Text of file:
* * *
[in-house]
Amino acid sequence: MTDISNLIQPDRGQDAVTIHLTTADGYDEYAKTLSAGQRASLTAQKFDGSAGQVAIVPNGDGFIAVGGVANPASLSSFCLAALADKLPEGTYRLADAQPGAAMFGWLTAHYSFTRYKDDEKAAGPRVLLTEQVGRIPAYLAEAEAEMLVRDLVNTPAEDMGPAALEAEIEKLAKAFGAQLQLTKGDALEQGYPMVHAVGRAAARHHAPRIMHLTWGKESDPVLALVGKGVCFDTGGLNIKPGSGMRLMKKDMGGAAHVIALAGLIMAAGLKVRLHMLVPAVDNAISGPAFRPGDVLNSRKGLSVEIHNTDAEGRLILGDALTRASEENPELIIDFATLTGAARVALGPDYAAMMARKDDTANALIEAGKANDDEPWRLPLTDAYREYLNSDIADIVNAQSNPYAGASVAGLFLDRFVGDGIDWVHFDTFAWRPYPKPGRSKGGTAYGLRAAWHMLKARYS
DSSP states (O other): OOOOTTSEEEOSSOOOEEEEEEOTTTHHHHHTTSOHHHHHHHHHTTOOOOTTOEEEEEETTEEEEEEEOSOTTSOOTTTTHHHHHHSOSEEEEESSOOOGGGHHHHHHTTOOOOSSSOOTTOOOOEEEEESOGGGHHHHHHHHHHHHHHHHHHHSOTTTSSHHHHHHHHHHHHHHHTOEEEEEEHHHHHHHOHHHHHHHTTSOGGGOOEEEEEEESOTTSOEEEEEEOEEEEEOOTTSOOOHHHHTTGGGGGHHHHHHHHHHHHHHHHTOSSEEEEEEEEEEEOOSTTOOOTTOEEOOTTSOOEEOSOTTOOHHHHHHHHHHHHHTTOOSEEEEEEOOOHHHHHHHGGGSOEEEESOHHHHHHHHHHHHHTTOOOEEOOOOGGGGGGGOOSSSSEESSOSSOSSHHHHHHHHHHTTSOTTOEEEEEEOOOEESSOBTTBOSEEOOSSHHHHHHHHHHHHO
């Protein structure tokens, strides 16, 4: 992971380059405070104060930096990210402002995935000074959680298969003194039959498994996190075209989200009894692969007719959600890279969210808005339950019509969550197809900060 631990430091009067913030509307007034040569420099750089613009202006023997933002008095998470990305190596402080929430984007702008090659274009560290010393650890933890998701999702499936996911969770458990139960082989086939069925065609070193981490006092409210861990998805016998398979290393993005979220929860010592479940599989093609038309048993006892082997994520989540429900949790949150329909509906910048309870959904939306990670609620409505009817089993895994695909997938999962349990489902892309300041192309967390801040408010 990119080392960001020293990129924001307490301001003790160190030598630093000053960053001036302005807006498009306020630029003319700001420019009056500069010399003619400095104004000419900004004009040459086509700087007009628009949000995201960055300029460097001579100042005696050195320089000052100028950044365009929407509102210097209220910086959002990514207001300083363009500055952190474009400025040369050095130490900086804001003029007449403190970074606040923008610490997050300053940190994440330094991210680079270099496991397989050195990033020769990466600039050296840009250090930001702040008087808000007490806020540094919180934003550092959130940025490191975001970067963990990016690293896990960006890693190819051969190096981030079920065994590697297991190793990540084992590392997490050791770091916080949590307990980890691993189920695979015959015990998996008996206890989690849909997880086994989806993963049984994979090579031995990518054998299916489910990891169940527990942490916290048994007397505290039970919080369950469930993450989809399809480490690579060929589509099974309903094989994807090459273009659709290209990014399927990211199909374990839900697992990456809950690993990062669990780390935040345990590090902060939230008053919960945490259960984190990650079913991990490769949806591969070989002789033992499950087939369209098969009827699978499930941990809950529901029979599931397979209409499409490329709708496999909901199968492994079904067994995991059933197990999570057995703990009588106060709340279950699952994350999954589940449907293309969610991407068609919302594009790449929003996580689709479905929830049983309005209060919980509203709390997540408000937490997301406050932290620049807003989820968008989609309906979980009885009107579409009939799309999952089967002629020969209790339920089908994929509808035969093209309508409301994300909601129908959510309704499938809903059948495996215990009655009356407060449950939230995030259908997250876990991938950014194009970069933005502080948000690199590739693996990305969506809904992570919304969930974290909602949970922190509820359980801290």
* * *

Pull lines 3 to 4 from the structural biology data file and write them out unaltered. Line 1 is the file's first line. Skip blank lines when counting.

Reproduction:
DSSP states (O other): OOOOTTSEEEOSSOOOEEEEEEOTTTHHHHHTTSOHHHHHHHHHTTOOOOTTOEEEEEETTEEEEEEEOSOTTSOOTTTTHHHHHHSOSEEEEESSOOOGGGHHHHHHTTOOOOSSSOOTTOOOOEEEEESOGGGHHHHHHHHHHHHHHHHHHHSOTTTSSHHHHHHHHHHHHHHHTOEEEEEEHHHHHHHOHHHHHHHTTSOGGGOOEEEEEEESOTTSOEEEEEEOEEEEEOOTTSOOOHHHHTTGGGGGHHHHHHHHHHHHHHHHTOSSEEEEEEEEEEEOOSTTOOOTTOEEOOTTSOOEEOSOTTOOHHHHHHHHHHHHHTTOOSEEEEEEOOOHHHHHHHGGGSOEEEESOHHHHHHHHHHHHHTTOOOEEOOOOGGGGGGGOOSSSSEESSOSSOSSHHHHHHHHHHTTSOTTOEEEEEEOOOEESSOBTTBOSEEOOSSHHHHHHHHHHHHO
């Protein structure tokens, strides 16, 4: 992971380059405070104060930096990210402002995935000074959680298969003194039959498994996190075209989200009894692969007719959600890279969210808005339950019509969550197809900060 631990430091009067913030509307007034040569420099750089613009202006023997933002008095998470990305190596402080929430984007702008090659274009560290010393650890933890998701999702499936996911969770458990139960082989086939069925065609070193981490006092409210861990998805016998398979290393993005979220929860010592479940599989093609038309048993006892082997994520989540429900949790949150329909509906910048309870959904939306990670609620409505009817089993895994695909997938999962349990489902892309300041192309967390801040408010 990119080392960001020293990129924001307490301001003790160190030598630093000053960053001036302005807006498009306020630029003319700001420019009056500069010399003619400095104004000419900004004009040459086509700087007009628009949000995201960055300029460097001579100042005696050195320089000052100028950044365009929407509102210097209220910086959002990514207001300083363009500055952190474009400025040369050095130490900086804001003029007449403190970074606040923008610490997050300053940190994440330094991210680079270099496991397989050195990033020769990466600039050296840009250090930001702040008087808000007490806020540094919180934003550092959130940025490191975001970067963990990016690293896990960006890693190819051969190096981030079920065994590697297991190793990540084992590392997490050791770091916080949590307990980890691993189920695979015959015990998996008996206890989690849909997880086994989806993963049984994979090579031995990518054998299916489910990891169940527990942490916290048994007397505290039970919080369950469930993450989809399809480490690579060929589509099974309903094989994807090459273009659709290209990014399927990211199909374990839900697992990456809950690993990062669990780390935040345990590090902060939230008053919960945490259960984190990650079913991990490769949806591969070989002789033992499950087939369209098969009827699978499930941990809950529901029979599931397979209409499409490329709708496999909901199968492994079904067994995991059933197990999570057995703990009588106060709340279950699952994350999954589940449907293309969610991407068609919302594009790449929003996580689709479905929830049983309005209060919980509203709390997540408000937490997301406050932290620049807003989820968008989609309906979980009885009107579409009939799309999952089967002629020969209790339920089908994929509808035969093209309508409301994300909601129908959510309704499938809903059948495996215990009655009356407060449950939230995030259908997250876990991938950014194009970069933005502080948000690199590739693996990305969506809904992570919304969930974290909602949970922190509820359980801290």